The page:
Tag: military history
Quote

Ode of Remembrance

They shall grow not old, as we that are left grow old:
Age shall not weary them, nor the years condemn.
At the going down of the sun and in the morning,
We will remember them.
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This Week in Canadian History (April 9-15)

April 9, 1917 – For the first time in their history, all four Divisions of the Canadian Corps fight together, under then-General Arthur Currie and Canadian Corps Commander Sir Julian Byng, at the Battle of Vimy Ridge. With extensive rehearsals, shared knowledge of targets amongst ranks and the creeping barrage technique, almost 100,000 Canadian troops,

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This Week in Canadian History (April 2-8)

April 2, 1871 – The first Census of the new Dominion of Canada is taken. Our population? About 3,689,250 strong, with approx. 2,110,500 claiming British origins and approx. 1,082,940 claiming French. (My family history has a little of both!) – 1975 – The final pieces of Toronto’s CN Tower are put in place, forever changing the skyline

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This Week in Canadian History (March 26-April 1)

A day late, admittedly, but here’s the week! March 26, 1885 – The North-West Rebellion began at The Battle of Duck Lake, near modern-day Rosthern, Saskatchewan. Superintendant Lief Crozier and his force of approximately 100 North West Mounted Police and Prince Albert Volunteers were flanked by Gabriel Dumont and a larger Métis force. 12 Government forces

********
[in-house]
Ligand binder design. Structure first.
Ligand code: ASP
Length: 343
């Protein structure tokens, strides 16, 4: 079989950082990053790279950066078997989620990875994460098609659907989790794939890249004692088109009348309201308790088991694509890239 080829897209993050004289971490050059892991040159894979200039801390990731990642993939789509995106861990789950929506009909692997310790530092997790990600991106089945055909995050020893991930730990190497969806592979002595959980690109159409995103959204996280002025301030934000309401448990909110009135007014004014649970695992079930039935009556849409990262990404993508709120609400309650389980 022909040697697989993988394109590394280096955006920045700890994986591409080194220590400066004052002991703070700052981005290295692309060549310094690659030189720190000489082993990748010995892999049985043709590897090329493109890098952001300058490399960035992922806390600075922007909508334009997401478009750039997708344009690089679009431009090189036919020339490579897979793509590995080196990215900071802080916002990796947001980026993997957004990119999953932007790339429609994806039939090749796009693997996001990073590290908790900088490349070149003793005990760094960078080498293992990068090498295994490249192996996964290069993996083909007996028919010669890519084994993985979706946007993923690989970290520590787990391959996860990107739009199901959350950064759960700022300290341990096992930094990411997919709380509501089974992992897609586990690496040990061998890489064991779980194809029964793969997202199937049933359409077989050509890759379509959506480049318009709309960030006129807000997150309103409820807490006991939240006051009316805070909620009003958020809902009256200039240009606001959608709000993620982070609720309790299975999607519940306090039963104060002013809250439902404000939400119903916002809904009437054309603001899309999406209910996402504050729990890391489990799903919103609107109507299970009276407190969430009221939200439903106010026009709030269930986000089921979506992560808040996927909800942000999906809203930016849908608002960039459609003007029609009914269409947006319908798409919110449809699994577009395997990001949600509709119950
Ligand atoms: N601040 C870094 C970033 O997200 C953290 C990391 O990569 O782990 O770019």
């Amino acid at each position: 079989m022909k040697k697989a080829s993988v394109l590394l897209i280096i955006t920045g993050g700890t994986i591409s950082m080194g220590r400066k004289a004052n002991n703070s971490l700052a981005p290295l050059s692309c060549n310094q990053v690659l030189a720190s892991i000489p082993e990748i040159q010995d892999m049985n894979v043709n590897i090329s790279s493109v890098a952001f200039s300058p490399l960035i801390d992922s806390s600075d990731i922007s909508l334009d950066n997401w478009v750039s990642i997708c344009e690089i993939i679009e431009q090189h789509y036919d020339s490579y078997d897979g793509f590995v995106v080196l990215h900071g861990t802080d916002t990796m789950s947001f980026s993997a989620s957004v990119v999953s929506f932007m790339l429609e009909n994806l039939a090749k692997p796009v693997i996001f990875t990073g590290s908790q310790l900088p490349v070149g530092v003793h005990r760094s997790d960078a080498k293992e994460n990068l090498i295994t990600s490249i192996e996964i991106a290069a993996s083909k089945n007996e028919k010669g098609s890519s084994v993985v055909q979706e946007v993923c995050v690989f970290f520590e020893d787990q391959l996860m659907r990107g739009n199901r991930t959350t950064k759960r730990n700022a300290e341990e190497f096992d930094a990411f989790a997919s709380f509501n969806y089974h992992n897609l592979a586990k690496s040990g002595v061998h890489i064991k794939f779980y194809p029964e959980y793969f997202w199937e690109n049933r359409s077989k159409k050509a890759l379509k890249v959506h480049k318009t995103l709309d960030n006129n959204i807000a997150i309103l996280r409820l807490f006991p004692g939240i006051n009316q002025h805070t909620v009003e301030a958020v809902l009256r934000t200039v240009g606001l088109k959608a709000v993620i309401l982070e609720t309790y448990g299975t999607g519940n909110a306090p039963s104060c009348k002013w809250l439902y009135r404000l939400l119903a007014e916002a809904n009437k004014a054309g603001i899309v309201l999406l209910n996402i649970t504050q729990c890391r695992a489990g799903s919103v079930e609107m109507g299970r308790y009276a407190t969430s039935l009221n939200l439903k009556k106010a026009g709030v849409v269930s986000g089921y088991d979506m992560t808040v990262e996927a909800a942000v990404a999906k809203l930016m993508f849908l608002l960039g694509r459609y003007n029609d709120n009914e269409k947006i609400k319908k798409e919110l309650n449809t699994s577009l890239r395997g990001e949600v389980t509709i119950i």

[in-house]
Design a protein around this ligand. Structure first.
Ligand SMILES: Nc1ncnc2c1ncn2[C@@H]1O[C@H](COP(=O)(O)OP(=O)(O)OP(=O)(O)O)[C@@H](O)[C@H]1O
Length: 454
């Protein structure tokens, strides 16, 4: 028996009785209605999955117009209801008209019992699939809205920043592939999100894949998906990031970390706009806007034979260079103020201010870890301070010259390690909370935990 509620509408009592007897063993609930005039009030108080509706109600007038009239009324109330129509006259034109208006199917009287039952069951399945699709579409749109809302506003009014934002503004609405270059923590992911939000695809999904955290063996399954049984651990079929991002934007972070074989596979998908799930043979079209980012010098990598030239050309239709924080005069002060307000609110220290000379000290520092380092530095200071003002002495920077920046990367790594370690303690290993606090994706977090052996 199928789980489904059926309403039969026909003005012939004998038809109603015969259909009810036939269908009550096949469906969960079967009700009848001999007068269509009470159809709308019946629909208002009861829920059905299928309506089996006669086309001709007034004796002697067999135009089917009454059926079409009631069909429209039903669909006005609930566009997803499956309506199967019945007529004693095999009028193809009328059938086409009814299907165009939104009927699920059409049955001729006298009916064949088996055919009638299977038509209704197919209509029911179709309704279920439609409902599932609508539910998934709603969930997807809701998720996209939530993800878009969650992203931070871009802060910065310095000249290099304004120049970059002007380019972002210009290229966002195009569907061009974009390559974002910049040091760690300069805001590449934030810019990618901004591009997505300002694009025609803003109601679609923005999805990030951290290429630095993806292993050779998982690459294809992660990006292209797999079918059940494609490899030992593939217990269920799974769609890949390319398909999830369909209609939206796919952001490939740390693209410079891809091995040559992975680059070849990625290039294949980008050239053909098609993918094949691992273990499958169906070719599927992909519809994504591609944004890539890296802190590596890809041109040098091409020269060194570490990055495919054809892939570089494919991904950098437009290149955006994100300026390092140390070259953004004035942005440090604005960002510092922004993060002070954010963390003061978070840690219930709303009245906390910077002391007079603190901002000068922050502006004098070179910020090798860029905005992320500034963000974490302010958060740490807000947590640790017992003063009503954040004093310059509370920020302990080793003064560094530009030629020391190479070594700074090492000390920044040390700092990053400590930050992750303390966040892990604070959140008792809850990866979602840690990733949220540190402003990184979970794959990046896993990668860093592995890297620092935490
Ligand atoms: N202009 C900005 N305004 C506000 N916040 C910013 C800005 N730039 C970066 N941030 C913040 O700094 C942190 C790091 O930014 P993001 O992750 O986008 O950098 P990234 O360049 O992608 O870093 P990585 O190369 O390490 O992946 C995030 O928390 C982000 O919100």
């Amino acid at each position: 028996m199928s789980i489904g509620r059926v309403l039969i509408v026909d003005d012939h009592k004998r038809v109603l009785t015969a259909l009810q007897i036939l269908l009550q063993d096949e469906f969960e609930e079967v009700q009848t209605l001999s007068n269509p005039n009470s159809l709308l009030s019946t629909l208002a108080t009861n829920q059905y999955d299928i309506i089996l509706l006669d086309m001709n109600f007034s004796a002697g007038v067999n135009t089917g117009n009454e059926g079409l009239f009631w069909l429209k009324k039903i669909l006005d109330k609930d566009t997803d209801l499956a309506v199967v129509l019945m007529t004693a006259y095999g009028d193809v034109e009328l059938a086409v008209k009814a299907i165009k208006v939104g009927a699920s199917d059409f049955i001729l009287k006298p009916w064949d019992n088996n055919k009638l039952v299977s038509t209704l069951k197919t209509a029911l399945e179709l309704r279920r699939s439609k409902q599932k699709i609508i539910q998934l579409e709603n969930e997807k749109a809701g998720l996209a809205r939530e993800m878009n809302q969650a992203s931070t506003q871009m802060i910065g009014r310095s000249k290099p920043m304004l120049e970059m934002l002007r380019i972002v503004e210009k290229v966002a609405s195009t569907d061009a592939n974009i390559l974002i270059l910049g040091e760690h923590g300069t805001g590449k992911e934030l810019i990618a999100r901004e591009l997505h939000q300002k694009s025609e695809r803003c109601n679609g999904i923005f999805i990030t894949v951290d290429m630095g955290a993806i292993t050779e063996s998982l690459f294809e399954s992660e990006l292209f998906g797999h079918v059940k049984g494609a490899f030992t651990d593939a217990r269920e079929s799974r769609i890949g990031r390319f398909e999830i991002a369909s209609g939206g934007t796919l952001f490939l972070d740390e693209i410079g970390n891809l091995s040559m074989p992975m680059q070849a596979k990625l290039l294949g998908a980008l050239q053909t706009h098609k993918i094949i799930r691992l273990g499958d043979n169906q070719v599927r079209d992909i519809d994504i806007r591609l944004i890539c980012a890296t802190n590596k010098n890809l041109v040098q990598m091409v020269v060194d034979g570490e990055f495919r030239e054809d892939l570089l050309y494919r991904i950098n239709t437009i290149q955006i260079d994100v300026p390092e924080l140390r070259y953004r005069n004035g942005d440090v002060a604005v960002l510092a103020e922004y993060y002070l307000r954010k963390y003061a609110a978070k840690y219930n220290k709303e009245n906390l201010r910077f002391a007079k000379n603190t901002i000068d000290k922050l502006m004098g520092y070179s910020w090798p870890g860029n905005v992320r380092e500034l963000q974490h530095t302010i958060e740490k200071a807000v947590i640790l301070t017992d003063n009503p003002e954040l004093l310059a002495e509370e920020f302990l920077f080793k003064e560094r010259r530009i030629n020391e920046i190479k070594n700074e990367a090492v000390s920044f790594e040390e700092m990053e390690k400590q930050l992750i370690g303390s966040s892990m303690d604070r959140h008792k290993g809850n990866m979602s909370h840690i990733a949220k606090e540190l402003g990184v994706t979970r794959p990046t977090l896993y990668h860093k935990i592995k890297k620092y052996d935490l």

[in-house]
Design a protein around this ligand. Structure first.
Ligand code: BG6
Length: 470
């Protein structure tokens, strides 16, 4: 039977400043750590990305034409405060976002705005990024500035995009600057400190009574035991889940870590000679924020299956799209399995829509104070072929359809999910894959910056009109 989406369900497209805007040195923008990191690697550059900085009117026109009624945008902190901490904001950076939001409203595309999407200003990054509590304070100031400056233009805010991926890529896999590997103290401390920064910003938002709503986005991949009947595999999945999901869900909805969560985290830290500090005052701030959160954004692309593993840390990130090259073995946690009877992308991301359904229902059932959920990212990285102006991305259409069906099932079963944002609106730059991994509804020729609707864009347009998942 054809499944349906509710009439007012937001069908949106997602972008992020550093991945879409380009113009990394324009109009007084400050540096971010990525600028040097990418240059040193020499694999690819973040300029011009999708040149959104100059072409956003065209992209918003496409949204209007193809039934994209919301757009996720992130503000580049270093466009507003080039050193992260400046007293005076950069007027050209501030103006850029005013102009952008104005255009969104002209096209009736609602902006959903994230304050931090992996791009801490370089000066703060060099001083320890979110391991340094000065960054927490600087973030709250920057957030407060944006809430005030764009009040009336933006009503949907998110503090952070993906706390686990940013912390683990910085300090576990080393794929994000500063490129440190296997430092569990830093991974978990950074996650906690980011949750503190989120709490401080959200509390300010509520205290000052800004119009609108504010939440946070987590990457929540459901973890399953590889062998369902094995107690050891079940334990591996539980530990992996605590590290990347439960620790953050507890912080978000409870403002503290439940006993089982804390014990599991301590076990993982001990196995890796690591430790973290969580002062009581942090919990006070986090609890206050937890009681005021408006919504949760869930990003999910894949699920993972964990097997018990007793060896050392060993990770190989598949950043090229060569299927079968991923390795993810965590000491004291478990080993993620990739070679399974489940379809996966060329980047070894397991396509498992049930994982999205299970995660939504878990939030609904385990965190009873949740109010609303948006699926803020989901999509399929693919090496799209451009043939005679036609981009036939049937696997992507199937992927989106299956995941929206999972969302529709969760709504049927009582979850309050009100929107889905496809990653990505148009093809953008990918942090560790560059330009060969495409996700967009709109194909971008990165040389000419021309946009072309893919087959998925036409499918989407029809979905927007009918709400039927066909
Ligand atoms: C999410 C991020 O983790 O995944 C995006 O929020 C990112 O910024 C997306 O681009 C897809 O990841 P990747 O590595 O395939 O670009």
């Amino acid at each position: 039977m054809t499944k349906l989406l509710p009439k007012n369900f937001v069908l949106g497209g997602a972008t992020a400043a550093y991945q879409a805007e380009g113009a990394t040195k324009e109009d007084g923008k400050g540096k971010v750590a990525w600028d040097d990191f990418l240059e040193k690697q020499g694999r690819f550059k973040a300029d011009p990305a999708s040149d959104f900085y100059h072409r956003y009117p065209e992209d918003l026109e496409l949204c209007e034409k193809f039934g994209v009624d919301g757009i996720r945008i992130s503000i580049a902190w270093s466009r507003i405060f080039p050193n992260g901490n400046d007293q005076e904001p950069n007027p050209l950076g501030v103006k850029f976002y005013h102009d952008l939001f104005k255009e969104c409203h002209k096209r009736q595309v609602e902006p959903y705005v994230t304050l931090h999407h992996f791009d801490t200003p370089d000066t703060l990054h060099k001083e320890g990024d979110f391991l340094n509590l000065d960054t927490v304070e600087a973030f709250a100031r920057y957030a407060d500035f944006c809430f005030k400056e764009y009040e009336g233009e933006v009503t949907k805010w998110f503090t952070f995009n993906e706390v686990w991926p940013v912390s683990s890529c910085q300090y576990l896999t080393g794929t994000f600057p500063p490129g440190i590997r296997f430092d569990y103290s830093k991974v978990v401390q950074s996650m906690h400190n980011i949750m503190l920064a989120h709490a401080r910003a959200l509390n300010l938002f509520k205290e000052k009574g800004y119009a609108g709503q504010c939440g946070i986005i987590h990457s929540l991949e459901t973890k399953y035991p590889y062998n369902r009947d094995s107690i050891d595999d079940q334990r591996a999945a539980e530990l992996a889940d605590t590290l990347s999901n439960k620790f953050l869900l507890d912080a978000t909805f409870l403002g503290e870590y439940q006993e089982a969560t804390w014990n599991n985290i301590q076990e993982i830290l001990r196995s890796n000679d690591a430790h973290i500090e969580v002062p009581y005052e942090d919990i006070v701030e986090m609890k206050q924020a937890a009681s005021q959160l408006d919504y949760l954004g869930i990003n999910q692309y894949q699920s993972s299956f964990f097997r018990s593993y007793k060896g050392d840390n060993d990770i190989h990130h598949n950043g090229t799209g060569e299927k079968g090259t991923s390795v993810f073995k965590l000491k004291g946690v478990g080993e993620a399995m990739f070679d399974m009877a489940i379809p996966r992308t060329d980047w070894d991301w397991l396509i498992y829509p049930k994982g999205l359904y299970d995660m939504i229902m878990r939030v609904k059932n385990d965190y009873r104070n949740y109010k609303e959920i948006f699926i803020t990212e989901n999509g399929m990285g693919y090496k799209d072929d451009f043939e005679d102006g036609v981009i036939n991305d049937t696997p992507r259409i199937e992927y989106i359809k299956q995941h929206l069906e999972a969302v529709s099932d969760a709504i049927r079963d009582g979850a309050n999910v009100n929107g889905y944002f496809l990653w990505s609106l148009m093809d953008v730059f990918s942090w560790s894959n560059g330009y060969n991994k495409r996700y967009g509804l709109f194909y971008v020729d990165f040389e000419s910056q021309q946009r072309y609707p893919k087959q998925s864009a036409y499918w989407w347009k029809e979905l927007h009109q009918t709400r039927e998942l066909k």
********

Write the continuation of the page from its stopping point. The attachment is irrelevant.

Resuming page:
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Book Review: Ian Fleming’s Commandos: The Story of 30 Assault Unit in WWII

Hello all! It’s been a busy March. In addition to a 2-week March Break (I’m itching to get back into the classroom!) , I’ve also switched Internet/Cable providers and… oh yes, gotten engaged! I’m glad to be back in the swing of blogging, though. I’m excited to share with you my thoughts on my most recent

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Footage of Funeral of Last American 1812 Veteran

An absolutely amazing find (thanks to Fort York for passing it along!) This video is footage from the 1905 funeral procession for Hiram Cronk, the last surviving veteran of the War of 1812. I’ve recently been surrounded by research into early film, so it’s exciting for me to see such rare footage that is so closely

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This Week in Canadian History (Feb 27-Mar 4)

Feb 27, 1965 – Québec signs an international entente with France on co-operation in the education field; the entente is particularly important in light of issues surrounding sovereignty and power within a federal state. Feb 28, 1712 – Louis Joseph de Montcalm, Marquis of Montcalm, leader of the French forces at the Plains of Abraham, was

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This Week in Canadian History (Feb 20-26)

Feb 20, 1959 – The Avro Arrow program is cancelled under the Diefenbaker administration. Diefenbaker explains the cancellation to the CBC: “Having regards to the development that was taking place, particularly in intercontinental ballistic missiles, there was a probability that action would have to be taken in this regard… We were loath to take it.” For

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This Week in Canadian History (Jan 23-29)

Wow! Sorry about the extended absence all – after a lovely holidays and some adjusting to my new teaching gig, I’m back for more blogging! Let’s start off again with an old faithful – This Week in Canadian History. Jan 23, 1995 – After a number of home videos and evidence came to light of

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This Week in Canadian History (Dec 12-18)

Dec 12, 1942 – 99 civilians and military personnel died and over 100 were injured in a arson attack on the Knights of Columbus Hall in St. John’s, Newfoundland. The hall broke several fire codes at the time, with doors that opened inwards and obstructed paths to and from those faulty doors. The fire is

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